The closest we came to a formal recognition of the truth was the findings of the LLRC which recommended further investigation on some accumulated grievances. Had we even then pursued these recommendations with political integrity, this could well have paved the way to a wider and more thorough investigation of our questionable behaviour that today’s co-sponsored UN resolution calls for.

A fresh start

Nevertheless the co-sponsored UN resolution has once again provided an opportunity for us to do what is right for and by ourselves. For this to be done with purpose, however, we are to recognise that the cause of today’s accumulated investigative challenge is the loss of perspective of our institutions with mandates for the common good.  This is why any attempts at reform and reconciliation cannot casually bypass the crises of character and behaviour of these institutions.  Perpetrators are not only those who killed, drove the white vans or conscripted children. They also include those with statutory responsibility to protect people, uphold human values, investigate violations, prosecute perpetrators and make known the truth, and who did not do so.

To deny this first line of culpability is to protect those still within the system, capable of pulling the country down once again to the very patterns of behaviour that we want to see an end to.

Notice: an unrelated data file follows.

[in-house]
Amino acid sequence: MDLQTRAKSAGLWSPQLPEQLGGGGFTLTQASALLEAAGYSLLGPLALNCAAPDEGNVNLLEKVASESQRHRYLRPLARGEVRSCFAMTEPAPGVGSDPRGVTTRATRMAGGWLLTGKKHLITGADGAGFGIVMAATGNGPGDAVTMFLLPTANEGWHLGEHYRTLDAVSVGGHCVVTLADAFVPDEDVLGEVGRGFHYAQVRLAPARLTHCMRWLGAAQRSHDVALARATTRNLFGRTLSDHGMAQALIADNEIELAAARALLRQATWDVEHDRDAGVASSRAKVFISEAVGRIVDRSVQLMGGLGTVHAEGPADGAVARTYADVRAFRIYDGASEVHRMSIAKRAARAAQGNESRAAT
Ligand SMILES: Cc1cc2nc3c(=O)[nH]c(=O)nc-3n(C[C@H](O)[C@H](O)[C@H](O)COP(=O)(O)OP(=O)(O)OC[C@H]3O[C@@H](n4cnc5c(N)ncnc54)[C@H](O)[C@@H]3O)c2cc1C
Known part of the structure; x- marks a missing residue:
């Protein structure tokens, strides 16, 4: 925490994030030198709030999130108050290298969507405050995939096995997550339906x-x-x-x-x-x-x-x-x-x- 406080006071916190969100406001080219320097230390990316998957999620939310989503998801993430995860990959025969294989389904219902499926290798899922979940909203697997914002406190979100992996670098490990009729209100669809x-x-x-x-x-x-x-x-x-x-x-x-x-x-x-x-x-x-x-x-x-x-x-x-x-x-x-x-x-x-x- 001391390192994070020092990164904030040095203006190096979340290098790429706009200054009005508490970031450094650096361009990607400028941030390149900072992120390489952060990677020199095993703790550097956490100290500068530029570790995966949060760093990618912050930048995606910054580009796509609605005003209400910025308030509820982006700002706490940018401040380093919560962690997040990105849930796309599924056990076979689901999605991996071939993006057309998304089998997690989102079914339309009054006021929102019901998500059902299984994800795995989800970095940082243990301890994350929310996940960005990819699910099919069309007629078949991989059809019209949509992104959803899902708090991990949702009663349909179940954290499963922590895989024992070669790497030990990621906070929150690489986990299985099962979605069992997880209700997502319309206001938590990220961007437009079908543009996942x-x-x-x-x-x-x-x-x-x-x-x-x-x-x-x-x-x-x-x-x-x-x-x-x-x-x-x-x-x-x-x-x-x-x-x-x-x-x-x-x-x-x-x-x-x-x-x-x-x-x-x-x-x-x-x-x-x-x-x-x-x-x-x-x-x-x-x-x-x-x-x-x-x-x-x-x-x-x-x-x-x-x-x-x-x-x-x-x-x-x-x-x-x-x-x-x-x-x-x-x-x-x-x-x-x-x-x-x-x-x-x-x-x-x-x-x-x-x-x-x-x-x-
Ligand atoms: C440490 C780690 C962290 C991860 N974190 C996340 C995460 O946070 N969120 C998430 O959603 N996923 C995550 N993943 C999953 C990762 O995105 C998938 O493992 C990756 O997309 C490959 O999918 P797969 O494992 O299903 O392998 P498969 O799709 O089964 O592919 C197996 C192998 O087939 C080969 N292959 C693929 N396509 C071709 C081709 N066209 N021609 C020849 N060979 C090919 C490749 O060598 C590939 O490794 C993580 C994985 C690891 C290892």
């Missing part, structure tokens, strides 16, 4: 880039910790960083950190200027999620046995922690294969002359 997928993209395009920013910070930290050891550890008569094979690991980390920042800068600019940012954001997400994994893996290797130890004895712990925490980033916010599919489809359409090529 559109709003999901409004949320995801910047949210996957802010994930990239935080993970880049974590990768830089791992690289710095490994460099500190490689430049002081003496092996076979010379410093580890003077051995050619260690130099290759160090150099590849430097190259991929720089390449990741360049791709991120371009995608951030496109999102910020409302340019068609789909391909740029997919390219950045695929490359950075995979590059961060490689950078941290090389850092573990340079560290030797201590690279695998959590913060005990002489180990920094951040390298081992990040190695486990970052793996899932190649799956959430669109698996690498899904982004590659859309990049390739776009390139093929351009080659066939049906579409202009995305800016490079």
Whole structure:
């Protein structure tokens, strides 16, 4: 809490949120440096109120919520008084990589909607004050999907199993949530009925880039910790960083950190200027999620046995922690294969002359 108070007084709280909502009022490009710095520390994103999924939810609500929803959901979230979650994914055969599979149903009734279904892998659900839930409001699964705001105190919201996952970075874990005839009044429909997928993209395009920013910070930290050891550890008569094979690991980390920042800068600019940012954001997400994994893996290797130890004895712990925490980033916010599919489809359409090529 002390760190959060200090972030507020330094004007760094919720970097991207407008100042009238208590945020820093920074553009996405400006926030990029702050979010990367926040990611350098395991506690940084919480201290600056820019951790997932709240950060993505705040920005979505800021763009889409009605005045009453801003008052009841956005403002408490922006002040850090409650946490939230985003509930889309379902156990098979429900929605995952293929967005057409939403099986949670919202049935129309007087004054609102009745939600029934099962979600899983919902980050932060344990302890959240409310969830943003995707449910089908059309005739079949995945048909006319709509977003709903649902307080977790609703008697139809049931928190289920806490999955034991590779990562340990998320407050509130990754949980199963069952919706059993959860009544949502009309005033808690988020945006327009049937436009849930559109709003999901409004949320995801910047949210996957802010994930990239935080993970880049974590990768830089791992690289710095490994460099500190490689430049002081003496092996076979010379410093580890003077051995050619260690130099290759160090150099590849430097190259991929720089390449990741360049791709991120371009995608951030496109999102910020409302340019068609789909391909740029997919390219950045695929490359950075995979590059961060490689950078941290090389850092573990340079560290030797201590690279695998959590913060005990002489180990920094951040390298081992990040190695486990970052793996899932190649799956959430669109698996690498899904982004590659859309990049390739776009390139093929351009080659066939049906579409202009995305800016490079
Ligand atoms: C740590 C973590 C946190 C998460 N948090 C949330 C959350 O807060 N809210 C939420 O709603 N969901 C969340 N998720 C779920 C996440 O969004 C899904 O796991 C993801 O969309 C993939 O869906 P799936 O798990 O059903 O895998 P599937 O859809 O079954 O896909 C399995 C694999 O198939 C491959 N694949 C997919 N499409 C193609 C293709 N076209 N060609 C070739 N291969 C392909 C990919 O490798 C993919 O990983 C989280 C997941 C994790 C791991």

A Compassionate Council

There has been some talk of a compassionate council, comprising religious leaders, as part of the response to the co-sponsored UN resolution. While both religion and compassion must have a place in wider social reconciliation and healing, the place of such a formal council in our common search for truth, justice and reconciliation today, cannot go uncontested.

This is mostly because justice tempered with mercy must be left to the judicial system and worked out on judicial principles. If such a mix is alien to our judicial system the co-sponsored resolution becomes an opportunity to break new ground. After all any post war judicial investigation that pursues accountability and national reconciliation cannot casually dispense amnesties mostly or hastily throw people into prison mostly. What is required is a public disclosure of truth leading to prosecutions for violations, along with remedial provisions for a return to healing relationships; in that order. Daunting no doubt; but there does not seem to be a better way to deal with violations, heal memories of the past and prevent further fragmentation and conflict.